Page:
• Vol. 04
  • Chapter 10


He sits at the back and all the words drift over his head. He doesn’t know when he lost his faith. It must have happened so gradually that he didn’t notice until one day none of it made sense anymore and none of the words made him feel better like they used to. At one time he would leave the church fired up, full of…what? The Holy Spirit? Whatever, it kept him going through the week. Now he was in the wilderness of his faith and it had been a whole lot longer than forty days and forty nights.

As the Eucharistic prayers begin a dread comes over him. He’s lost God. He tries to tell himself that God hasn’t lost him, but how does he know? What would he do now? His faith had been strong once. Was everything he believed in a lie? Had his whole life been a lie? And how could he live without God? Did he need to? Maybe he could keep God and ignore the rest. That felt better, safer because he couldn’t imagine his life without God in there somewhere.

His mind drifts as blackness and panic seize him. All those books he’s read, all those Bible study classes he’s attended and retreats he’s been to, the prayers. They weren’t helping him now. They were worthless. He’d been living with a doctrine and rules that made no logical sense. Why had he not seen it before?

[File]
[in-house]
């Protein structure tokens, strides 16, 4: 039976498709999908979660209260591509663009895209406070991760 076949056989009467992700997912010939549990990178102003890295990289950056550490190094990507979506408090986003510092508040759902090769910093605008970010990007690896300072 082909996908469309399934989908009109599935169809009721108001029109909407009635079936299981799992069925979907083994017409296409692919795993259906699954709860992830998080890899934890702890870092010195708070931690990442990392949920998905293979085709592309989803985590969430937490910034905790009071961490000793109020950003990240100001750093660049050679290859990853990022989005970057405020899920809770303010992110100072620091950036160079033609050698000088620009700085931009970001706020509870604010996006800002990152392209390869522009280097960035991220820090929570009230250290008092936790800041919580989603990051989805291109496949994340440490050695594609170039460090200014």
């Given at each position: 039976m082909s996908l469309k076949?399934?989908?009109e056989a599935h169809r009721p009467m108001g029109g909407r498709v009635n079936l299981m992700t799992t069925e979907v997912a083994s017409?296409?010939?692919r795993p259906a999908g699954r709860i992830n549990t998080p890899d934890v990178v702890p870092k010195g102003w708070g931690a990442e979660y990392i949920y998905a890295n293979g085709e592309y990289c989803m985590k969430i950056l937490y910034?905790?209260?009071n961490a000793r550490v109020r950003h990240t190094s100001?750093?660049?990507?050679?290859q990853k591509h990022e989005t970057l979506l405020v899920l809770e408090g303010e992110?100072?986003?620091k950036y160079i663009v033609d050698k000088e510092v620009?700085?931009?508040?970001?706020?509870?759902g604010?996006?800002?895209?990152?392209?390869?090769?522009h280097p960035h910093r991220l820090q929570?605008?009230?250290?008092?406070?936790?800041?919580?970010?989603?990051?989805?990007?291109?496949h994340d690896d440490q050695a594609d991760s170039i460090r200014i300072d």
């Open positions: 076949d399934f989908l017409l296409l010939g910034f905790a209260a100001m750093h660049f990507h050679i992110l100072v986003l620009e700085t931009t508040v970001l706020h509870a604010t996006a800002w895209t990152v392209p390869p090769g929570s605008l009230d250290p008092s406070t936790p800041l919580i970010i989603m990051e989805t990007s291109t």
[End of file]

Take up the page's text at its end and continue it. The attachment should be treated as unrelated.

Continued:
He takes the bread and the wine through habit. What else would he do? Still, he feels guilty, an impostor, an unbeliever. He returns to his seat thinking about all the rituals, all the rules. Who made them? Then he thinks about Druids and Egyptians. They had rituals too. Everyone believes in something. Even atheists have beliefs – that belief in a god is rubbish and that you are on your own. There is no grand plan for people.

His eyes rove over the rows of seats, the altar, the icons, the cross, the stained glass he loves even now. With a sigh he leaves.



People smile at him, shake his hand. They obviously can’t tell by looking at him that he’s lost his faith. He chats about his upcoming holiday, but can’t express how empty he feels inside. I am lost, he thinks. Would the Good Shepherd search him out and save him? No, what nonsense is that!

He walks into the sunshine and breaths in the sweet summer air. If God is anywhere he is out here where it all began. He isn’t sure he wants to throw God out with the bathwater. It seems so drastic. Maybe he’ll keep him after all. Hedge his bets. Just him. Not the rest. Just in case. Where is the harm in that?